All of these abilities are red, and Mirror Dragon could easily be mono-red. I don't know if it's the artwork, but despite that, I don't mind this card being blue as well. Mirror Dragon trades Broodmate Dragon's resilience for 8 extra points of damage, and for that amount of power alone we need the more demanding mana cost. Too bad blue doesn't truck in dash, because dash would fit this dragon in this set better than haste (replacing Flamerush Rider).

Mivzzet, the Stormraiser seems to be a reference to Niv-Mizzet, Dracogenius. Perhaps we're suggesting the Izzet guild leader hailed from old Tarkir originally, though I'm pretty sure he wasn't a planeswalker.

Regardless, this dragon doesn't fit the trigger the other dragons in this cycle feature. Granted, "Whenever a dragon you control attacks, loot" isn't as splashy as the others' abilities, but looting every turn—much less multiple times—can keep you drawing the spells you need to maintain that advantage.

Mujinra's triggered ability feels both red (since it's a one-sided fight, like Fall of the Hammer) and green (since it picks on flying creatures) and it feels like a very dragon-y thing to do, much more than the already-spoiled dragons. Awesome. The ability's fairly swingy since it might do nothing to opponents with no fliers, but will devastate others; I'm okay with that, but it doesn't seem like Mujinra will ever get blocked. That's somewhat problematic on its own, but also means trample is just flavor text here.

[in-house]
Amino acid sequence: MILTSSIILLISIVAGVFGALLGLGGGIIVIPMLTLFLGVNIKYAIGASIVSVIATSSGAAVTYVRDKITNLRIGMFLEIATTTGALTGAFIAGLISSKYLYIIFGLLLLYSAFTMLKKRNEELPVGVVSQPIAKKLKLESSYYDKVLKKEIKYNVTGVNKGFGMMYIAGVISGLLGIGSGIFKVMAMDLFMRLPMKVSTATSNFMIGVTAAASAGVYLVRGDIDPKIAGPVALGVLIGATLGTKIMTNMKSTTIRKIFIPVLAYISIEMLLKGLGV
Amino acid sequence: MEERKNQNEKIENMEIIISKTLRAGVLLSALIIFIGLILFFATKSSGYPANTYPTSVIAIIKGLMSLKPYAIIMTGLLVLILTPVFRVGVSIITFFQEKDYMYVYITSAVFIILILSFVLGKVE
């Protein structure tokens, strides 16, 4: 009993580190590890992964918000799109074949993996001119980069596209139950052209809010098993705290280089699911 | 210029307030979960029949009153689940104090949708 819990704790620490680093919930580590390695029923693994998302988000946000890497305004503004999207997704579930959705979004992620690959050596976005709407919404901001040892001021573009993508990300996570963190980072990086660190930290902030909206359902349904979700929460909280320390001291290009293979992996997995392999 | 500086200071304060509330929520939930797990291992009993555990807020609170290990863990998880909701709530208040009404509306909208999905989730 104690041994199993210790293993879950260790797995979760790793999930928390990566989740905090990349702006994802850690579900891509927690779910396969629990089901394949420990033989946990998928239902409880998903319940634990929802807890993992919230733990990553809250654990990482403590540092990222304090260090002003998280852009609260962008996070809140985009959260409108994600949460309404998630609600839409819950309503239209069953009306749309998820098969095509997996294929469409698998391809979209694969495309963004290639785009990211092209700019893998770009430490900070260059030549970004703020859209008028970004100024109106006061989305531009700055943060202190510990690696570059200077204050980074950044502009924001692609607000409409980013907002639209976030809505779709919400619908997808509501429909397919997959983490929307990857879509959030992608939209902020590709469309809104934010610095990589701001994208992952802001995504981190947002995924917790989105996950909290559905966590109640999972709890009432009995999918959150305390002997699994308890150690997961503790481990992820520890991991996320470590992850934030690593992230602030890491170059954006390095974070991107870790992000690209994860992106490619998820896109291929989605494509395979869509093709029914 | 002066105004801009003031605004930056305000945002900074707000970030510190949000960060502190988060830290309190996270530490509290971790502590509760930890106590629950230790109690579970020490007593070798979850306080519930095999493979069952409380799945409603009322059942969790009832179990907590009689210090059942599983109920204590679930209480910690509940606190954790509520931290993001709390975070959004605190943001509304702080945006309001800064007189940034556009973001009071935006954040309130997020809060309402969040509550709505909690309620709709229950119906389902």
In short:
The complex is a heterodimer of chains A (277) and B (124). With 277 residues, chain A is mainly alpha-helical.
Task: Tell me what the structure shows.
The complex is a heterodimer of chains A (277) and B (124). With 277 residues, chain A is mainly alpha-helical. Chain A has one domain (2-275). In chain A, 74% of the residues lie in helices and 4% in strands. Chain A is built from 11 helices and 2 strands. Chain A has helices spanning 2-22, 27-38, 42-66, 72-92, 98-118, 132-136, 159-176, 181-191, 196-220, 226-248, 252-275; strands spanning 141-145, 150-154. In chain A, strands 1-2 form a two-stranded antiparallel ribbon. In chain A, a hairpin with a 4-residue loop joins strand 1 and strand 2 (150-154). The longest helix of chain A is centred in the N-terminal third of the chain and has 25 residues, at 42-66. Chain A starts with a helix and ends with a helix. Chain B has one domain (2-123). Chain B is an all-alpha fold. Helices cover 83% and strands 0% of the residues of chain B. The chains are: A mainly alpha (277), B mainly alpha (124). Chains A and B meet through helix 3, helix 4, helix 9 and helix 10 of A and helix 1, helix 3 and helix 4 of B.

I'm not sure whether the first ability exiles the dragon token or Storm of Dragon's Birth. If you read it literally, it exiles itself. Neither answer makes any sense… until you get to the second ability. You're meant to play the first ability (as many times as you intend to) without passing priority and finally respond by returning your enchantment to your hand, so you can keep your dragons (it's the dragons that are supposed to be exiled by the first ability).

It's cool to make tricky cards that'll make Melvin feel clever, but we really want them all to be lenticular: So that regular players see some of the card's value but Melvin gets to see and use its hidden value. Storm of Dragon's Birth will just completely confuse most players who try to read it (even if we clarify what gets exiled), and that's not great. Even players who figure out how to make this card go will have trouble in tournaments and in Magic Online, since keeping priority is so rare.

I've not seen any cards in Fate Reforged that do "clan-aligned but not gold" quite this way, but I'm a fan of this mechanic and it seems like it would have been perfect for this set. I like Temper of the Wilds' symmetry and synergy (and that wasn't easy), except: We need the {U} clause to come before the base ability in order for it to save your flying creatures. Also, it's weird to lose flying as a benefit. I'd rather give all my opponent's creatures flying (though that may well be too strong).